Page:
Traffic Calming Program Begins in District
Some people who care about saving lives on D.C. streets got together at Fort Reno Park this morning to launch a campaign called Pace Car.
So far, they've gotten 400 drivers to sign pledges that include the following phrases:
-- "I will drive within the posted speed limit on city streets."
-- "I will not be pressured by others' impatience to drive above the posted speed limit."
If you drive in the city, you know these are bold steps. Traveling to the press conference, I took Military Road, where the speed limit is the District's standard 25 mph for neighborhood streets. It looked like half the drivers were honoring the numerous signs and sticking to the limit.
So what do the pledge signers get in exchange? It's a sticker to place on the vehicle's back window, and it says, "DC Neighborhood Pace Car, 25 MPH."
I admire the safety initiative, which is a combined effort of the Washington Area Bicyclist Association and the District Department of Transportation with money from the federal Safe Routes to School program, but you can't help but wonder what it says about us: We've gotten to the point where the driver behind needs to know why the driver ahead is obeying the speed limit on a residential street?
Experience says, Yes, we have gotten to that point, and not just in the District but throughout the Washington region.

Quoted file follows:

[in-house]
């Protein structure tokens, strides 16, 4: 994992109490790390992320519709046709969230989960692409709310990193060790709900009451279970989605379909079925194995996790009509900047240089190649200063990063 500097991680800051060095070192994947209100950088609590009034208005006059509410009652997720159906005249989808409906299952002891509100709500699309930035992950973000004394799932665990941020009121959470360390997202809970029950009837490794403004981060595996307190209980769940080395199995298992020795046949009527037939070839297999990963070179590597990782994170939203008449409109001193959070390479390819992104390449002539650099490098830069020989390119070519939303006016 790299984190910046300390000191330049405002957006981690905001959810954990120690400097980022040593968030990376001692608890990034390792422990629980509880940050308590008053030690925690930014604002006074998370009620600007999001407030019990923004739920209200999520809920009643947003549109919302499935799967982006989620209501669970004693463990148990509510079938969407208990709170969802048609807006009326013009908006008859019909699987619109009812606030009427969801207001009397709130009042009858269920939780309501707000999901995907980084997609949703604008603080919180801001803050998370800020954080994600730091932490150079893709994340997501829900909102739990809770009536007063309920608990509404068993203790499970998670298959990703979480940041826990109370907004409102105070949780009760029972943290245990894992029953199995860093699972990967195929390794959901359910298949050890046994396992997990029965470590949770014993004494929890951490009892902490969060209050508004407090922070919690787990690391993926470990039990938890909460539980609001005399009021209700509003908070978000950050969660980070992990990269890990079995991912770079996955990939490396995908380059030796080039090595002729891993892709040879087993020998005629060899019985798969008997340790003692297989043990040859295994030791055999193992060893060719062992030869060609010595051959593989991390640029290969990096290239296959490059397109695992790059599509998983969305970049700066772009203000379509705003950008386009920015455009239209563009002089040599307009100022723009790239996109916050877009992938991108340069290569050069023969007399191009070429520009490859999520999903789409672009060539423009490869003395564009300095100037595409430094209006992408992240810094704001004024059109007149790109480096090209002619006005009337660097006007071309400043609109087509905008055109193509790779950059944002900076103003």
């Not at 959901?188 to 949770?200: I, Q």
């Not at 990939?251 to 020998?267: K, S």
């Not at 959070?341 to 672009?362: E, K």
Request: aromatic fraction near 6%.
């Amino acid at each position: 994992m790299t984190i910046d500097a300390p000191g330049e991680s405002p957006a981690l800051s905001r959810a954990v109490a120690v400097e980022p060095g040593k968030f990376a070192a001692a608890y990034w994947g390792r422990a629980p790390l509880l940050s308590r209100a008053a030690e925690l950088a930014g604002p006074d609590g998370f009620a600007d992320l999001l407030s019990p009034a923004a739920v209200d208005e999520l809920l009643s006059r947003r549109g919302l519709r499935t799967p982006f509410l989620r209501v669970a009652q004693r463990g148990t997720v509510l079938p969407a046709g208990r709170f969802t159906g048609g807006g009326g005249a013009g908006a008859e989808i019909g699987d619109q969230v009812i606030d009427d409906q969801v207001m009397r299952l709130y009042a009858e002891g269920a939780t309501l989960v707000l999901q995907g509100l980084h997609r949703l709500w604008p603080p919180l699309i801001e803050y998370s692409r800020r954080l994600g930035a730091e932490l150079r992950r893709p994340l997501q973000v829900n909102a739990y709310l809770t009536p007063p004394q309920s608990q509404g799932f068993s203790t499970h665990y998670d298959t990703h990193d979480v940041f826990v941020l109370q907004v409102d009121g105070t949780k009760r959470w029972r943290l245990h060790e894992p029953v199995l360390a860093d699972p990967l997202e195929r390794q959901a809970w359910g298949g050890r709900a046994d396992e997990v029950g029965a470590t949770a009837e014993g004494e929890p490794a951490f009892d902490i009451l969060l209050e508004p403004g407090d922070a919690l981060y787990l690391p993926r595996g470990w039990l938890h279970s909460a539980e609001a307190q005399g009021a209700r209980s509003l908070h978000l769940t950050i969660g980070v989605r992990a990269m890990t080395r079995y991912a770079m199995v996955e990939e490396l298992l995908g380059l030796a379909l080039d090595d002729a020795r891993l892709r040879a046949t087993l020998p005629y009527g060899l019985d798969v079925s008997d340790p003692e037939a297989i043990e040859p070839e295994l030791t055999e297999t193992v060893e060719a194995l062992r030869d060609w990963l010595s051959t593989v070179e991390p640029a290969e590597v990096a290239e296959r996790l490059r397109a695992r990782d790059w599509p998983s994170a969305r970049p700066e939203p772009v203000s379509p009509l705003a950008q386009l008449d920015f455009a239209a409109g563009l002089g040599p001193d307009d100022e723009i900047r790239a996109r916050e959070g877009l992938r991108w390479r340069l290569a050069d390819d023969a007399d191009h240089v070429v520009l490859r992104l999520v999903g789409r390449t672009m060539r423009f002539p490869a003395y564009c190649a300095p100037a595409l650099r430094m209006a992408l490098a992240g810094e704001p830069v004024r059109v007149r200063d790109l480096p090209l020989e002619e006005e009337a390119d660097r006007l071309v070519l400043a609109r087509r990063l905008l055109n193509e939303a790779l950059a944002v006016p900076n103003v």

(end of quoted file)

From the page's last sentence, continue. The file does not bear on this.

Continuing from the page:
"We just all need to slow down," said Andrew Solberg, commander for the Second District of the D.C. police department. He noted that street safety was a top issue for residents and therefore a top priority for his officers. But the speeders outnumber them.
So under this program, said Jim Sebastian of the District Department of Transportation, "Neighborhood people are going to set the pace."
D.C. Council member Mary Cheh, who represents Ward 3, noted that there are many aspects to street safety, including police enforcement and putting more paint and signs where they're needed to alert motorists, bikers and pedestrians. But this program also is part of the solution, she said: Residents assuming control over public behavior in their neighborhoods. She and others reminded us that a first grader was killed in a pedestrian accident this week.
Preventing injuries and deaths is the most important part of what the safe driving volunteers will be doing, but there's also an element of tone-setting. People would get out more if they felt safer on the streets.
"A lot of people want to get out and ride but think the roads are too dangerous," said Eric Gilliland, executive director of the Washington Area Bicyclist Association. "Roadway safety begins with each one of us."
John Townsend of AAA Mid-Atlantic, who was at the press conference to show support for the program, noted what's wonderful and what's challenging about launching a program like this: "It relies on common courtesy."
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